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To catch a thief: the dark and dangerous world of network security

Published in Automated Trader Magazine Issue 28 Q1 2013

How do you deal with the rogue employee who decides what's yours is his? Or fend off hackers trying to gain access to your computers?
James FitzGerald probes the murky world of network security.

It was a Friday afternoon when the contractor - we'll call him Joe - seemed to be behaving particularly strangely. Joe had been with the fund for a while but had not been performing well. The hedge fund manager couldn't put his finger on it. Perhaps it was the odd mannerisms or the abrupt way Joe had announced plans to do some work from home. But the manager grew suspicious, so he and a trusted inner circle of staff started checking the logs.

"Sure enough we saw that he had essentially accessed one of the traders' machines," the manager said. "He tried a bunch of different passwords and user names but eventually got in. It was clear that he had made copies of stuff that he never should have made copies of."

Careful not to jump to conclusions, the manager and his small team spent all of Friday evening gathering evidence. That stretched into Saturday as they combed one machine after another. Finally on Monday they met with the police and brought in legal counsel.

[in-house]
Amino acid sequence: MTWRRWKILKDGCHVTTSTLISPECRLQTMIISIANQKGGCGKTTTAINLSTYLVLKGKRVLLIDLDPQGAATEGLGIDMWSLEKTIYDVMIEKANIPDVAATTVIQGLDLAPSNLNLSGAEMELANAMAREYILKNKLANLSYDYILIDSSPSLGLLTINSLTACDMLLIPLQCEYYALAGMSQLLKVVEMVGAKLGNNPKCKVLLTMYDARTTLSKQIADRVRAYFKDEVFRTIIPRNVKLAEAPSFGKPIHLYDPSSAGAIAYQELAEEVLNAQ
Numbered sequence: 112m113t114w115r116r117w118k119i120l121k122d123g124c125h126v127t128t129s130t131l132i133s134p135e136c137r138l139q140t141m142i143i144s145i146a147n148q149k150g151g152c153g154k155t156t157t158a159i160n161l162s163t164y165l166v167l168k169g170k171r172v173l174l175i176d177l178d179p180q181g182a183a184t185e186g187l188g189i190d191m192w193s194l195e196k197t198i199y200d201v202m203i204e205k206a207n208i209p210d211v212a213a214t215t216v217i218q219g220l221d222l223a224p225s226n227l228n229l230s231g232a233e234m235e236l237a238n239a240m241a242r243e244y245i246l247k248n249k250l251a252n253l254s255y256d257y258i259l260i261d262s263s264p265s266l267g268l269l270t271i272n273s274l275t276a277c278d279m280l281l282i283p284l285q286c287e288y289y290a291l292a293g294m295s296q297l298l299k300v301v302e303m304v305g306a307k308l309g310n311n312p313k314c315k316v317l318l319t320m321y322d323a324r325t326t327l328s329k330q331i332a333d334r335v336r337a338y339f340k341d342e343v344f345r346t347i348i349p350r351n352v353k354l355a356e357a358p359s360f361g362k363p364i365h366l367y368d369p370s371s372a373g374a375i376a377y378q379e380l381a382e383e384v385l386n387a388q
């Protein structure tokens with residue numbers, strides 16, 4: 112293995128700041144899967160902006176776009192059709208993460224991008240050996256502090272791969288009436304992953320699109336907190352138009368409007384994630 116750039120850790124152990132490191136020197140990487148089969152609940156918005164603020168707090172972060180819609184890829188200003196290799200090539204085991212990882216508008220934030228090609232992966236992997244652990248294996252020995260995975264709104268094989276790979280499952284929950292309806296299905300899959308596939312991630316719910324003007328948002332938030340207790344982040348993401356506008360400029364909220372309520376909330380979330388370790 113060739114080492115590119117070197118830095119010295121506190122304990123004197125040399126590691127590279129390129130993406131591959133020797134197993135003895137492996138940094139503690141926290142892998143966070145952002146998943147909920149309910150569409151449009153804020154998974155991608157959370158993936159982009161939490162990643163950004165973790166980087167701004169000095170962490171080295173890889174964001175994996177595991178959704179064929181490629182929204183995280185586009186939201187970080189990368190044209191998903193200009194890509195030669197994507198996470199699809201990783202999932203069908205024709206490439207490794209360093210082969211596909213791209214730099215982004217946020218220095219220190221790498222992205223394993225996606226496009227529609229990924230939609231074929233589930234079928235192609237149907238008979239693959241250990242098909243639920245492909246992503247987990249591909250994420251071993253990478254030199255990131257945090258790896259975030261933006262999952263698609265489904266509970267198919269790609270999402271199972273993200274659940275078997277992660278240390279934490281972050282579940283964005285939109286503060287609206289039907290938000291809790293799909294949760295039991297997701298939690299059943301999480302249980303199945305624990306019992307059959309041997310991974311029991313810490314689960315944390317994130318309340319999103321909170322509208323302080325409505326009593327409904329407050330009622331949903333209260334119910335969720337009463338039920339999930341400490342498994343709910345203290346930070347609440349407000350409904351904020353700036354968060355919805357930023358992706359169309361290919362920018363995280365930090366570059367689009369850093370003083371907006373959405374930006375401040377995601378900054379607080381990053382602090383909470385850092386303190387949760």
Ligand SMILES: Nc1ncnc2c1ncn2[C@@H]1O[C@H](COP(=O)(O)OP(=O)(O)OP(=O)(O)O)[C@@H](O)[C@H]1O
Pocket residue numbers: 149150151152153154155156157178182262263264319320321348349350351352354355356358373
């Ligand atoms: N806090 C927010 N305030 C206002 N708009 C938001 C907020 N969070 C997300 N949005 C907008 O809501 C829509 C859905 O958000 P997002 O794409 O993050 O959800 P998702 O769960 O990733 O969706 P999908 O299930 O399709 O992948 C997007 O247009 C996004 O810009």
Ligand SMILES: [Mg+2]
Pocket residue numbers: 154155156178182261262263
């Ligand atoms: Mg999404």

The fund, which shared its experience with Automated Trader for this article, has asked to remain anonymous, for obvious reasons. The events leading up to and following the detection of the attempted theft illustrate just how fraught an issue network security can be. Firms that spend vast sums designing trading models and amassing data face not only a litany of threats but also a wide variety of choices for what do if there is a breach.

"We used to think of security in terms of reducing the chances of unauthorised users gaining access to critical systems or data," said Jim Doherty, chief marketing officer at Certes Networks.

"I think we have to start assuming that eventually these efforts will fail or, as we saw in the Goldman affair, that a trusted insider will turn on us. Given that 'inevitability', companies should be thinking about how they can limit the damage any one breach could cause. If you assume you can't prevent bad things from happening with 100% effectiveness, then the next best thing is to do your best to minimise the potential impact of those events."

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